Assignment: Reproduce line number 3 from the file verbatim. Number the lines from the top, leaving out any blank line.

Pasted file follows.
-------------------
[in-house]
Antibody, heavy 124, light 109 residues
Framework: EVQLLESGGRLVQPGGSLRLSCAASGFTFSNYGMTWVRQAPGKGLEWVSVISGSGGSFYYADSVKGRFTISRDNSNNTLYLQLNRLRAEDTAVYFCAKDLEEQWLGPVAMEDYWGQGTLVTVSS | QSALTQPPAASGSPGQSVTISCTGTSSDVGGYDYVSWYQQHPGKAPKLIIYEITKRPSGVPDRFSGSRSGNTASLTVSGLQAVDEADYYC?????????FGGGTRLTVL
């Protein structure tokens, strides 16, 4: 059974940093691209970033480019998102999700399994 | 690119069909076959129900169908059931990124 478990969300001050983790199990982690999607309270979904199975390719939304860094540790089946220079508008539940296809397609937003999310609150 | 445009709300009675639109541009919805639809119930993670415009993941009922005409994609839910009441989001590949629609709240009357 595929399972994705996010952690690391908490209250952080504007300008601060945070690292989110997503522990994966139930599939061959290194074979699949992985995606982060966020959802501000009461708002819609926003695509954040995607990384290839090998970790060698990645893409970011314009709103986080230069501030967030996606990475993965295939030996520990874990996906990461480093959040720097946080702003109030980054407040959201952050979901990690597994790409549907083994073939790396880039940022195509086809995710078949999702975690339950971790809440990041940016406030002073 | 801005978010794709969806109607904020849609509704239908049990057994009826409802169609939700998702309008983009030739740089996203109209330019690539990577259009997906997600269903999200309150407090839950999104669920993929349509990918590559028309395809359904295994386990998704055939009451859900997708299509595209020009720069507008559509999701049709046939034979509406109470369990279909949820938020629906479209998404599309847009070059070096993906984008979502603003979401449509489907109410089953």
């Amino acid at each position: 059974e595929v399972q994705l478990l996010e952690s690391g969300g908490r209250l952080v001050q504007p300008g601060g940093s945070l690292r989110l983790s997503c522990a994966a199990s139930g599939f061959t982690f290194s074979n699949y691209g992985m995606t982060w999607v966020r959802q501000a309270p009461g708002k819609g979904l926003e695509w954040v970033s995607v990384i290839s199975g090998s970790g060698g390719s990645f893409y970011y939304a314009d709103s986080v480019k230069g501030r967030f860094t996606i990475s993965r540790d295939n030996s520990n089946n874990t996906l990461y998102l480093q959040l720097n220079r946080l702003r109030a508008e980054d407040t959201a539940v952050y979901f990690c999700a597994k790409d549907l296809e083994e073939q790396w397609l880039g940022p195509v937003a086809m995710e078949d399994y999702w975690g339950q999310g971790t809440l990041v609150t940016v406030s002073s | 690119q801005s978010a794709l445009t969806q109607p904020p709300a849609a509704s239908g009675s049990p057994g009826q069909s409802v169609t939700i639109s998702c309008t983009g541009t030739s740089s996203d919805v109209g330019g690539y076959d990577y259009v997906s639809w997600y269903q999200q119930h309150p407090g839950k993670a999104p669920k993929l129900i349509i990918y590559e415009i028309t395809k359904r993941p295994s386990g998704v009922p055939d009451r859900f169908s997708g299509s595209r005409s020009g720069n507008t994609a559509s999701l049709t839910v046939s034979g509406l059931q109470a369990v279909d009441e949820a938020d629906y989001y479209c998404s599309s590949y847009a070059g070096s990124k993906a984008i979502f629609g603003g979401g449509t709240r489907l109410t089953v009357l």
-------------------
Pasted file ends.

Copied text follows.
Framework: EVQLLESGGRLVQPGGSLRLSCAASGFTFSNYGMTWVRQAPGKGLEWVSVISGSGGSFYYADSVKGRFTISRDNSNNTLYLQLNRLRAEDTAVYFCAKDLEEQWLGPVAMEDYWGQGTLVTVSS | QSALTQPPAASGSPGQSVTISCTGTSSDVGGYDYVSWYQQHPGKAPKLIIYEITKRPSGVPDRFSGSRSGNTASLTVSGLQAVDEADYYC?????????FGGGTRLTVL